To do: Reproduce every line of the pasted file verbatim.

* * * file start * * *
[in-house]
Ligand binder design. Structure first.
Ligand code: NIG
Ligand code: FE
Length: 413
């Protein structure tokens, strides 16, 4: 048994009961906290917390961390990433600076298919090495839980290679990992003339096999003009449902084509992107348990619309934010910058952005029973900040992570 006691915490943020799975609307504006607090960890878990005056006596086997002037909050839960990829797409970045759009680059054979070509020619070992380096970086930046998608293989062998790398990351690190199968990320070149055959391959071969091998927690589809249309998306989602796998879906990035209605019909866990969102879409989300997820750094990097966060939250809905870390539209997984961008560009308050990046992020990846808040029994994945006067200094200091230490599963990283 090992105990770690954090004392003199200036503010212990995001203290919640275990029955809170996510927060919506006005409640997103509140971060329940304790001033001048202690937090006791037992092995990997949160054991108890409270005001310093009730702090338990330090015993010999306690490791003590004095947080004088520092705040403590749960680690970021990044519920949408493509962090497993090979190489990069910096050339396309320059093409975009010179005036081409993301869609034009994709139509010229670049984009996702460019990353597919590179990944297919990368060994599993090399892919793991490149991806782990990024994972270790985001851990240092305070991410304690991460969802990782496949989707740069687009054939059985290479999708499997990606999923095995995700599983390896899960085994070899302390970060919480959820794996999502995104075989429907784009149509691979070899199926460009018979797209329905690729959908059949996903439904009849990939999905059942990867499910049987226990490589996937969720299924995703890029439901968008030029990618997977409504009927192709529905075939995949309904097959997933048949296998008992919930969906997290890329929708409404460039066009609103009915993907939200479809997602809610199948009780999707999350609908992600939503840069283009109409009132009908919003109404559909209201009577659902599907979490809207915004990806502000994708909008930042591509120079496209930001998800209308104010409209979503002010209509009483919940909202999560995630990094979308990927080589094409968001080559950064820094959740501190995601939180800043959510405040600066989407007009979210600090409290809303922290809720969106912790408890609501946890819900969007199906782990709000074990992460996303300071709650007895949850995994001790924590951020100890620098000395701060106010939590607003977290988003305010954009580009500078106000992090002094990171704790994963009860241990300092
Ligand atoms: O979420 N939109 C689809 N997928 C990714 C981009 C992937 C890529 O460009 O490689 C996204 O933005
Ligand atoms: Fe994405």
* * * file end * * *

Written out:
[in-house]
Ligand binder design. Structure first.
Ligand code: NIG
Ligand code: FE
Length: 413
């Protein structure tokens, strides 16, 4: 048994009961906290917390961390990433600076298919090495839980290679990992003339096999003009449902084509992107348990619309934010910058952005029973900040992570 006691915490943020799975609307504006607090960890878990005056006596086997002037909050839960990829797409970045759009680059054979070509020619070992380096970086930046998608293989062998790398990351690190199968990320070149055959391959071969091998927690589809249309998306989602796998879906990035209605019909866990969102879409989300997820750094990097966060939250809905870390539209997984961008560009308050990046992020990846808040029994994945006067200094200091230490599963990283 090992105990770690954090004392003199200036503010212990995001203290919640275990029955809170996510927060919506006005409640997103509140971060329940304790001033001048202690937090006791037992092995990997949160054991108890409270005001310093009730702090338990330090015993010999306690490791003590004095947080004088520092705040403590749960680690970021990044519920949408493509962090497993090979190489990069910096050339396309320059093409975009010179005036081409993301869609034009994709139509010229670049984009996702460019990353597919590179990944297919990368060994599993090399892919793991490149991806782990990024994972270790985001851990240092305070991410304690991460969802990782496949989707740069687009054939059985290479999708499997990606999923095995995700599983390896899960085994070899302390970060919480959820794996999502995104075989429907784009149509691979070899199926460009018979797209329905690729959908059949996903439904009849990939999905059942990867499910049987226990490589996937969720299924995703890029439901968008030029990618997977409504009927192709529905075939995949309904097959997933048949296998008992919930969906997290890329929708409404460039066009609103009915993907939200479809997602809610199948009780999707999350609908992600939503840069283009109409009132009908919003109404559909209201009577659902599907979490809207915004990806502000994708909008930042591509120079496209930001998800209308104010409209979503002010209509009483919940909202999560995630990094979308990927080589094409968001080559950064820094959740501190995601939180800043959510405040600066989407007009979210600090409290809303922290809720969106912790408890609501946890819900969007199906782990709000074990992460996303300071709650007895949850995994001790924590951020100890620098000395701060106010939590607003977290988003305010954009580009500078106000992090002094990171704790994963009860241990300092
Ligand atoms: O979420 N939109 C689809 N997928 C990714 C981009 C992937 C890529 O460009 O490689 C996204 O933005
Ligand atoms: Fe994405």